Step One: learn how your computer works.

Step Two: learn how to back up files. For some time it has been suggested opening up a drop-box account and simply shift your files there. I have been too overwhelmed with learning everything else there is to learn that I haven’t taken this step myself. . . yet. But I will! In the meantime, my computer automatically backs up to an external hard drive and I feel comfortable with that system. And yes, I hired someone to help me, just so you know before reading step three.

Step Three: if any of this is over your head hire an IT guy, or a computer fix-it guy, or gal (don’t want to presume) and let them handle it!

Step Four: set up you social media sites. This will take time, cause a headache, make you crazy and cross-eyed, but you just have to do it, so there! Not to mention all the passwords and user I.D.’s you will have to set up. Write them all down and keep them somewhere safe.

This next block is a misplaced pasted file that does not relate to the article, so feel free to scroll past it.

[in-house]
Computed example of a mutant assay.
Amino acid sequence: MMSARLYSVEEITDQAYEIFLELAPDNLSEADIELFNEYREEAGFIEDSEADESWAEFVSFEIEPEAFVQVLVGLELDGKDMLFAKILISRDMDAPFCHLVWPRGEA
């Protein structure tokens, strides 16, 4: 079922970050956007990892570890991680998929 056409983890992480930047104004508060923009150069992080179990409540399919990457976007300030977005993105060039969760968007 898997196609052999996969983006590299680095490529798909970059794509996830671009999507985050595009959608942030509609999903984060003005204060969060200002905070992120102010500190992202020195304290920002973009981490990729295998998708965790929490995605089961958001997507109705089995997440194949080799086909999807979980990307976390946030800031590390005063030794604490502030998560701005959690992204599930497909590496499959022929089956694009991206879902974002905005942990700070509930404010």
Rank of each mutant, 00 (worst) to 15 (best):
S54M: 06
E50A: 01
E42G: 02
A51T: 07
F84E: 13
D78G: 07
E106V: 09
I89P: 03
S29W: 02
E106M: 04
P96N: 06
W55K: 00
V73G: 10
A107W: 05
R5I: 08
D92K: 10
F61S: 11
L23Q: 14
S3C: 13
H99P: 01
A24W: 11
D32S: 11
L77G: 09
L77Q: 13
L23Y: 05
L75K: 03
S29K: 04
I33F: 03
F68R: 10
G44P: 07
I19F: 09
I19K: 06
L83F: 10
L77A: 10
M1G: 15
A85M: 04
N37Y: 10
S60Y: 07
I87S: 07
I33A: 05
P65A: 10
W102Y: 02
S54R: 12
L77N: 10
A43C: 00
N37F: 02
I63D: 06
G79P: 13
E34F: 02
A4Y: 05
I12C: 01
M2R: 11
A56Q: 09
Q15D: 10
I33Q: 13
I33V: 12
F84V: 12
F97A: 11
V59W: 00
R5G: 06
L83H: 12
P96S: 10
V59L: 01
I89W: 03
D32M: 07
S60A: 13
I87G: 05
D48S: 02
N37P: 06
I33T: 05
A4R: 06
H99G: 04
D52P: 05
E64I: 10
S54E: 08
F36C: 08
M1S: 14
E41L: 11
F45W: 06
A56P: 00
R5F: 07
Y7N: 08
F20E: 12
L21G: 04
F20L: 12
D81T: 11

Step Five: learn how the social media sites work. Sometimes just a picture will suffice. Sometimes a sentence or two and a link (go back to Step One: learn how to work your computer) Simply cut and paste the URL and this will take readers down a rabbit hole right to where you want to lead them, hopefully. If it is any consolation I’m still learning. For example Twitter. I had no idea how to work it, I just wrote something and clicked on the tweet button. I had no idea where it went or what it all meant. You will also want to learn about ow.ly and bit.ly for Twitter. . . take my word on that.

Step Six: Start a Blog. If this proves problematic for you, don’t stress it, don’t do it. Content yourself with social media, or whatever is easiest or suits your personality. There are a lot of different ways to market yourself nowadays. Don’t limit yourself.